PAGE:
| NEW YORK, March 22
NEW YORK, March 22 The U.S. National Park
Service is relocating security operations for the Statue of
Liberty over the objections of the New York Police Department,
saying on Friday it will move screening to Ellis Island from
Manhattan when the statue reopens on July 4.
The statue has been closed to the public since late October
because of Superstorm Sandy.
The landmark has been presumed to be a potential target
since the hijacked-airliner attacks of Sept. 11, 2001. Officials
closed access to the inside of the statue after the attacks and
did not reopen it for almost eight years.
The nearly 4 million tourists a year who visit Liberty
Island, home of the statue in New York Harbor, previously went
through airport-style screening in Manhattan before boarding
ferries. That screening will move to Ellis Island, which sits
next to Liberty Island and is home to an immigration museum.
"The Park Service's decision to reopen the Statue of Liberty
without screening in Manhattan was made against the NYPD's
recommendation and leaves unresolved the vulnerability to attack
on ferry passengers en route to both Liberty and Ellis Islands,"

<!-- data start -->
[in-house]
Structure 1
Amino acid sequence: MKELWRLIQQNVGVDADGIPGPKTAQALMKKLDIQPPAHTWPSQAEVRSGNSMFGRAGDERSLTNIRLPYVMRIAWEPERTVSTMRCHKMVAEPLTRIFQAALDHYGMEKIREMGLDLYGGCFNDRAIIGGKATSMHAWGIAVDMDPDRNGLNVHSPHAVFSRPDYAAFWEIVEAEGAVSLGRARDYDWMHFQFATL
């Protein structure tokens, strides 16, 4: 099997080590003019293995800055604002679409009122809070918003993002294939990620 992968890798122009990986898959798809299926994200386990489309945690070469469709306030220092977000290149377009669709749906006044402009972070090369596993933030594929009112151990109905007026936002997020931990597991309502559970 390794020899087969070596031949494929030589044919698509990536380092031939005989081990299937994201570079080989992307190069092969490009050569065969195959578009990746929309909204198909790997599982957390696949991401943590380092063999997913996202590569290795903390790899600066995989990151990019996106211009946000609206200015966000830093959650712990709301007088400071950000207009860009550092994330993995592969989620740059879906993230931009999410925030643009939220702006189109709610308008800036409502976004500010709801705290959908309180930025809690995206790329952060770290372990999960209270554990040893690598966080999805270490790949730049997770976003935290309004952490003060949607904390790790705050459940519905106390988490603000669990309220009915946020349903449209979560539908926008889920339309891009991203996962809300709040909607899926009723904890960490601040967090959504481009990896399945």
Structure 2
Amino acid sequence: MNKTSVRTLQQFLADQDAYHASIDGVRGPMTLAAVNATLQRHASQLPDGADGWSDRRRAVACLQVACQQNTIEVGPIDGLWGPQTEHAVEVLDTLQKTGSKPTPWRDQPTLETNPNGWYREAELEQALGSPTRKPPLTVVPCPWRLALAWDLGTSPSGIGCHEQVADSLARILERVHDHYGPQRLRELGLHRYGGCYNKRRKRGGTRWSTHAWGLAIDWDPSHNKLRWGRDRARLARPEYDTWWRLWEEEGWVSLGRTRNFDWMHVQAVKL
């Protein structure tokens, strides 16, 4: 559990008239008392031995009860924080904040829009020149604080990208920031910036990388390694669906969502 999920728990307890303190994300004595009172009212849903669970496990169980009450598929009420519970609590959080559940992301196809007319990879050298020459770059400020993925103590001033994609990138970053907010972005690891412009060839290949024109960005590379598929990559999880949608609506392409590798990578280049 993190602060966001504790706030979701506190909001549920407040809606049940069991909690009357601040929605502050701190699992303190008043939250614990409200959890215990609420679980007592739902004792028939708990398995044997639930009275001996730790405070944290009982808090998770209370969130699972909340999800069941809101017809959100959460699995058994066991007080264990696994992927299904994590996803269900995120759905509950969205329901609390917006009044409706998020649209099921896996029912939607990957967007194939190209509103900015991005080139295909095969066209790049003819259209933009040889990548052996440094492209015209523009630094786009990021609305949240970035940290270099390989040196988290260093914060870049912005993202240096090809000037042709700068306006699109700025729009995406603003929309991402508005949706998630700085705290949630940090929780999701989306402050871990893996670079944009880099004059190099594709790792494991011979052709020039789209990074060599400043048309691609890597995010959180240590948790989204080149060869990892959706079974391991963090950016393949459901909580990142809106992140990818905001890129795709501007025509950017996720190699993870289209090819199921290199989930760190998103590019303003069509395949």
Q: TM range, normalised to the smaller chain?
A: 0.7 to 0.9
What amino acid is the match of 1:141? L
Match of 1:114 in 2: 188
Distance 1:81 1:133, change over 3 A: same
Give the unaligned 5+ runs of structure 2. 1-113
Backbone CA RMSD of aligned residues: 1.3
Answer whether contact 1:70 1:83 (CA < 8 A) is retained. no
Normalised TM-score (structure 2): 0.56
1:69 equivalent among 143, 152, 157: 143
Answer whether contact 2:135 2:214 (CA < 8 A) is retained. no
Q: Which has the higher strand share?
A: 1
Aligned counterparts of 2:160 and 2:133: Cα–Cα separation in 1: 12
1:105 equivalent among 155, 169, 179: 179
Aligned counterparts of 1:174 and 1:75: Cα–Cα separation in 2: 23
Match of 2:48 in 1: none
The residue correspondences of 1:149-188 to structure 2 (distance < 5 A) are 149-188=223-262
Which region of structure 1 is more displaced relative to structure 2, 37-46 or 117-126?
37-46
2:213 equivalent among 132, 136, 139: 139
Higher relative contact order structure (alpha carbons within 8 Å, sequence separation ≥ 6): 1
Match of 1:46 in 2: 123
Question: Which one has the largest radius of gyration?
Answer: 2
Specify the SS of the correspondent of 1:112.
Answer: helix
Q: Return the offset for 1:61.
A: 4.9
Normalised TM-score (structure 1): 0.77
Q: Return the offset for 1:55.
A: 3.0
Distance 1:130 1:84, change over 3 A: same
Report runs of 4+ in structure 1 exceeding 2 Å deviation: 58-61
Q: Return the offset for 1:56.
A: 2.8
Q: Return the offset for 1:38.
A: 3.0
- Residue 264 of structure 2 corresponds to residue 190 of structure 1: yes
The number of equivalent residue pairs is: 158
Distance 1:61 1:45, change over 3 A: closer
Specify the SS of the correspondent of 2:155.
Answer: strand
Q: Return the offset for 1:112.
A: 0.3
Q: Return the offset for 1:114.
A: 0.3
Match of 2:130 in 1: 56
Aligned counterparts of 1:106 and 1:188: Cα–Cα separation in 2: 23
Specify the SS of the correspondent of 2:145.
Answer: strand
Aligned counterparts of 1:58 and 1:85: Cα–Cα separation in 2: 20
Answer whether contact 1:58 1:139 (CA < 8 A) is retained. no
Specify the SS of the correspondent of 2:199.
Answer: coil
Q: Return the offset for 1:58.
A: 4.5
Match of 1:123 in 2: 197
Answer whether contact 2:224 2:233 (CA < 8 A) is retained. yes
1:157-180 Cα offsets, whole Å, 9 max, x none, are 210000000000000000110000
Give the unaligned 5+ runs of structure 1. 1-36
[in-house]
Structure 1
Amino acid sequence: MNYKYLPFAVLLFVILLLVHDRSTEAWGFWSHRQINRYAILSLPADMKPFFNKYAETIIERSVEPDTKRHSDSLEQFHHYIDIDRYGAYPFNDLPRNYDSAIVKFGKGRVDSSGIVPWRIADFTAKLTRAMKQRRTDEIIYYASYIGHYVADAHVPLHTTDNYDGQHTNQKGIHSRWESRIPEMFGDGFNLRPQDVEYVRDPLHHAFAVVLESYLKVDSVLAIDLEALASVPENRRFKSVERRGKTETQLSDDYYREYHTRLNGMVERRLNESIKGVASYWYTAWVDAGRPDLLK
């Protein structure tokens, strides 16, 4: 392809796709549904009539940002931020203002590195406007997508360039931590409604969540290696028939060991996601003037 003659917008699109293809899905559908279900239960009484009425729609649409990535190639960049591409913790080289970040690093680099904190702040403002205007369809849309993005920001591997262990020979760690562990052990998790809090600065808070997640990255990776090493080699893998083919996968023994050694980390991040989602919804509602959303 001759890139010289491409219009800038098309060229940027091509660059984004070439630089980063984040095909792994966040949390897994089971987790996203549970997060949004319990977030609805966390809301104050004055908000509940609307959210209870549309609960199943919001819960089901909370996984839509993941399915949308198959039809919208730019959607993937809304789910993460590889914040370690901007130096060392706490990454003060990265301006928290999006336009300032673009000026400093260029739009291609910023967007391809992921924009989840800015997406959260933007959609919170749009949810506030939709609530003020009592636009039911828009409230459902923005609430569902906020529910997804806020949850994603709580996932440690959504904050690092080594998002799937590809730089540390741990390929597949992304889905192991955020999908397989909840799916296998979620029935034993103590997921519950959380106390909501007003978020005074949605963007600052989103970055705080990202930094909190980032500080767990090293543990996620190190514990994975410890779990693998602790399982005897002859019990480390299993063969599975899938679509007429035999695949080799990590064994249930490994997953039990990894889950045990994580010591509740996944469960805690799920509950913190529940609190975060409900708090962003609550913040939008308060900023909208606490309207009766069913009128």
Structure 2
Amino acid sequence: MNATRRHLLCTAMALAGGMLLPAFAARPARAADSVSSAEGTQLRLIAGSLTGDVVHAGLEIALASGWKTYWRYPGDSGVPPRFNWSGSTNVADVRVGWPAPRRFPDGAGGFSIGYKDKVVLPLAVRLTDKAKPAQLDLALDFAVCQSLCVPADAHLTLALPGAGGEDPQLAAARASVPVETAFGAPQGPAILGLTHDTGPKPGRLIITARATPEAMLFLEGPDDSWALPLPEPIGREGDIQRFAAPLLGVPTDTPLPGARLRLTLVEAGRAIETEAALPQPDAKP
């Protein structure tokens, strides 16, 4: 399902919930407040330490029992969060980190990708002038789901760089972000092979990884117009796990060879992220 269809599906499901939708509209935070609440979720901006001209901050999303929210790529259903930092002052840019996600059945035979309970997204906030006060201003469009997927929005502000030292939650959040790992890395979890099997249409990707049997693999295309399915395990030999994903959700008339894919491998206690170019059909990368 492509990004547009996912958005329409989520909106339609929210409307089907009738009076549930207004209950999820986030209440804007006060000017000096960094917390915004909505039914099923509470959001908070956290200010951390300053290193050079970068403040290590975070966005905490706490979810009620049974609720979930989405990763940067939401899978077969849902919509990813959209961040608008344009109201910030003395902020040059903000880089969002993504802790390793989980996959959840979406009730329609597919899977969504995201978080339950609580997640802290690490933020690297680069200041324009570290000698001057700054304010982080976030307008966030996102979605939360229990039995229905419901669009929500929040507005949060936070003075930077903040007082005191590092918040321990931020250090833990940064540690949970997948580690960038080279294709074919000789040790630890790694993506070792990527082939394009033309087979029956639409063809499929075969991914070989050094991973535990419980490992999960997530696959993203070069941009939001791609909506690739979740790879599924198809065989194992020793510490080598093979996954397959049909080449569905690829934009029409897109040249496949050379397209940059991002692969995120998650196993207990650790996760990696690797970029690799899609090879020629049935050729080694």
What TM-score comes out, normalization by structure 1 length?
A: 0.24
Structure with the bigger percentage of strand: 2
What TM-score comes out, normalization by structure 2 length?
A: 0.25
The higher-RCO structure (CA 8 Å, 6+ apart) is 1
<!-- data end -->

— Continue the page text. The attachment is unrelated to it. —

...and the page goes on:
NYPD Deputy Commissioner Paul Browne said.
The decision to move security operations came after a
lengthy review, said Linda Friar, a spokesperson for the
National Park Service.
The contract for the Manhattan security tent, which was
badly damaged in the hurricane, expires at the end of March.
Even before Sandy hit, the city's Parks and Recreation
Department had asked the Park Service to remove the tent, Friar
The initial security facilities on Ellis Island will be
temporary and the Park Service plans to build a permanent
structure that can handle extreme weather.
U.S. officials announced plans on Tuesday to reopen the
Statue of Liberty to tourists on the Independence Day holiday
after a $59 million project to repair damage on Liberty and
Ellis islands caused by Sandy.
Surging seawater covered 70 percent of Liberty Island and
all of Ellis Island, Friar said.
The museum at nearby Ellis Island, where 12 million
immigrants entered the United States from 1892 to 1954, will
remain closed until further notice.
(Editing by Daniel Trotta; Editing by Peter Cooney)